How to Fight Gum Disease

As April is Oral Health Month, it is an excellent opportunity to remind ourselves about the importance of the health of our teeth and gums in relation to our overall health. In particular, we would like to focus on one of the most common oral health issues: Periodontitis (Gum Disease). According to the Canadian Dental Association, 7 out of 10 Canadians will develop gum disease at some time in their lives, and the risks can increase with age. However, the damage can be stopped if periodontitis is treated early and proper oral hygiene is maintained.

What is Gum Disease?

Gum disease is a serious infection of the gums, caused by the accumulation of bacteria on the teeth and gums. When bacteria stay on the teeth for long enough, they form a film called plaque. If plaque is not properly removed by daily brushing and flossing, it can harden to tartar or calculus, which can only be removed by a dental health professional.

Besides poor oral hygiene, certain factors can put you at a higher risk of periodontitis, including:

  • Smoking
  • Diabetes
  • Obesity
  • Conditions that impact your immune system, such as HIV or leukemia
  • Genetics
  • Taking medications that cause dry mouth
  • Female hormonal changes, such as with pregnancy or the use of oral contraceptives

Stages of Gum Disease

Inflammation (gingivitis):

Your gums may look red and swollen. You may notice some blood when you brush your teeth or floss, although there may not be any pain. Gingivitis can be prevented and/or reversed by maintaining good daily oral hygiene. If left untreated, it will often progress into periodontitis.


Periodontitis affects the bone and gums that support and keep teeth in their place. In the early stages, your gums pull away from your teeth and small pockets form between gums and teeth. Bacteria can get into these pockets and can cause bone loss. You may experience bleeding and pain around the teeth, as well as persistent bad breath.

In advanced stages of periodontitis, your teeth may become loose when the gums, bones, and other tissue that support your teeth decay. You may experience severe pain while chewing, severe bad breath, or a foul taste in your mouth. At that point you are at risk of losing your teeth.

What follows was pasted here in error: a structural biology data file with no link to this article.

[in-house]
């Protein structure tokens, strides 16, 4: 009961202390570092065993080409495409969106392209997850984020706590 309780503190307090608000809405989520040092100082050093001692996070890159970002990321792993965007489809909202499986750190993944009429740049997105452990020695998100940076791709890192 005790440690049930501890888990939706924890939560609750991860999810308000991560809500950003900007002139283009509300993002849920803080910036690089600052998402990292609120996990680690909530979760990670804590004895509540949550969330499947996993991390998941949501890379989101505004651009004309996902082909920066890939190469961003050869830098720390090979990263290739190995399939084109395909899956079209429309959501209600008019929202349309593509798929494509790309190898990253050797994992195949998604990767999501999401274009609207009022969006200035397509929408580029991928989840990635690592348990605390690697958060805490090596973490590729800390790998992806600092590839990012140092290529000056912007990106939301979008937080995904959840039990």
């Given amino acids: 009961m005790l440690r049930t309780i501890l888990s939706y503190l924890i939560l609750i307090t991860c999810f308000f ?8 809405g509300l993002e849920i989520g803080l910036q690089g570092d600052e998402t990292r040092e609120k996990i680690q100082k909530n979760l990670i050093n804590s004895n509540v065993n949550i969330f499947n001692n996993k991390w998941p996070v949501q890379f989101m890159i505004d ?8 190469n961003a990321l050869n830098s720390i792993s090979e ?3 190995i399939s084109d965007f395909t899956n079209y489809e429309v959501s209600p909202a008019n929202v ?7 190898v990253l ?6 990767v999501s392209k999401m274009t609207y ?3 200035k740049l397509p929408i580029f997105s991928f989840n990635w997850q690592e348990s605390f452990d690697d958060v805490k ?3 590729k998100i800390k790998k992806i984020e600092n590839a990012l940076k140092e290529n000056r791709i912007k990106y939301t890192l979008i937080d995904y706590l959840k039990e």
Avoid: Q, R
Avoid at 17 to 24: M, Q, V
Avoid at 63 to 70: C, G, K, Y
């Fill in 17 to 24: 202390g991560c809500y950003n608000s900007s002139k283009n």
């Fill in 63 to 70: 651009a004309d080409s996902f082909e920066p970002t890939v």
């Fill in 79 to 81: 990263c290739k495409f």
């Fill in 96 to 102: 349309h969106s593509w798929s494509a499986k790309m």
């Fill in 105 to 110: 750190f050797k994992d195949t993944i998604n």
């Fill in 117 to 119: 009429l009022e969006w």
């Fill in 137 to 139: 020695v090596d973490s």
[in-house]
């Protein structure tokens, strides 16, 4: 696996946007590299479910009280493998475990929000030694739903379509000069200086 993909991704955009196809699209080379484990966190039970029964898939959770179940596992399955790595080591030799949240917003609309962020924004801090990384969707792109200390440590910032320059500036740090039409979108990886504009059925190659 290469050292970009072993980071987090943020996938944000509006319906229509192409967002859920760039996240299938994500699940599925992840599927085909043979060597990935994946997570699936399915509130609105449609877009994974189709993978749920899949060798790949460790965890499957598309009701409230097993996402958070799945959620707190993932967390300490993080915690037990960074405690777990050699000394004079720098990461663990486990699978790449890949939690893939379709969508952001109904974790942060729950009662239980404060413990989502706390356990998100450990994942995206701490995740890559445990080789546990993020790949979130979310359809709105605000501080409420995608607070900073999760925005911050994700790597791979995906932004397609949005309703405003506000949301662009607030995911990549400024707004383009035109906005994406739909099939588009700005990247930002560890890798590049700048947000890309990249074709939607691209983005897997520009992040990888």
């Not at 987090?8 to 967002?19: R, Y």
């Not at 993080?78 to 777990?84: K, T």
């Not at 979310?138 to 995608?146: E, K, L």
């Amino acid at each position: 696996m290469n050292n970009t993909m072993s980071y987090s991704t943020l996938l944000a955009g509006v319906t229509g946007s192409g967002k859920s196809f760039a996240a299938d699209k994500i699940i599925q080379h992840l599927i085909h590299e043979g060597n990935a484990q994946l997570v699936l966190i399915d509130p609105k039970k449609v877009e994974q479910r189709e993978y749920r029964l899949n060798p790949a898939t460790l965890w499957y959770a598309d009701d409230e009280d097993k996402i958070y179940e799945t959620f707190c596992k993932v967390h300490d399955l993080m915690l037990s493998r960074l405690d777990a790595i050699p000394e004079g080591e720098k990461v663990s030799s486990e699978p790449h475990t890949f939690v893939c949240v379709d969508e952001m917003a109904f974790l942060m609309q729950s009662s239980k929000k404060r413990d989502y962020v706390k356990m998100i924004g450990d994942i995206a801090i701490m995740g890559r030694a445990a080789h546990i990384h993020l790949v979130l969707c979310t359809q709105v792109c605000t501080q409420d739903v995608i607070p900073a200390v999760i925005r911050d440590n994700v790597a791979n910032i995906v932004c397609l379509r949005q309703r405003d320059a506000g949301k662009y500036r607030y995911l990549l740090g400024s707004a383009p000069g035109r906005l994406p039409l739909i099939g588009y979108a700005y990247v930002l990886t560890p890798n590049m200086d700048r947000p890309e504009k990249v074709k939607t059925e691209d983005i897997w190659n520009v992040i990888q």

Other complications of periodontitis include:

  • Painful abscesses
  • Shifting teeth, which may interfere with eating
  • Receding gums
  • Increased risk of complications during pregnancy, including low birth weight and preeclampsia
  • Increased risk of heart disease, respiratory disease, and diabetes.

Treatment and Prevention of Gum Disease

The main goal of treatment is to control the infection by removing plaque and bacterial deposits on your teeth and gum. When you visit our dental office, our dental care team will give you advice and instructions on how to properly brush and floss your teeth. We will also suggest regular hygiene appointments so we can remove plaque buildup and clean out any pockets that have formed between your teeth and gums.

For severe cases of periodontitis, we may prescribe antibiotics to help with persistent gum infections or recommend surgery to clean deposits under your gums. If you've had any bone loss, a procedure called bone grafting may be done to regenerate the lost bone.

You can keep your gums and teeth healthy by:

  • Brushing your teeth at least twice a day. Consider using an electric toothbrush, which may be more effective at removing plaque.
  • Regularly removing plaque from between teeth with dental floss, pick, or water flosser.
  • Quitting smoking.
  • Visiting our dental office regularly for hygiene appointments.

Do you have concerns about your dental health? Don't forget to book a check-up appointment with us today so we can help protect and restore your smile!


1141 Lawrence Avenue West Toronto, Ontario, (416) 785-8586
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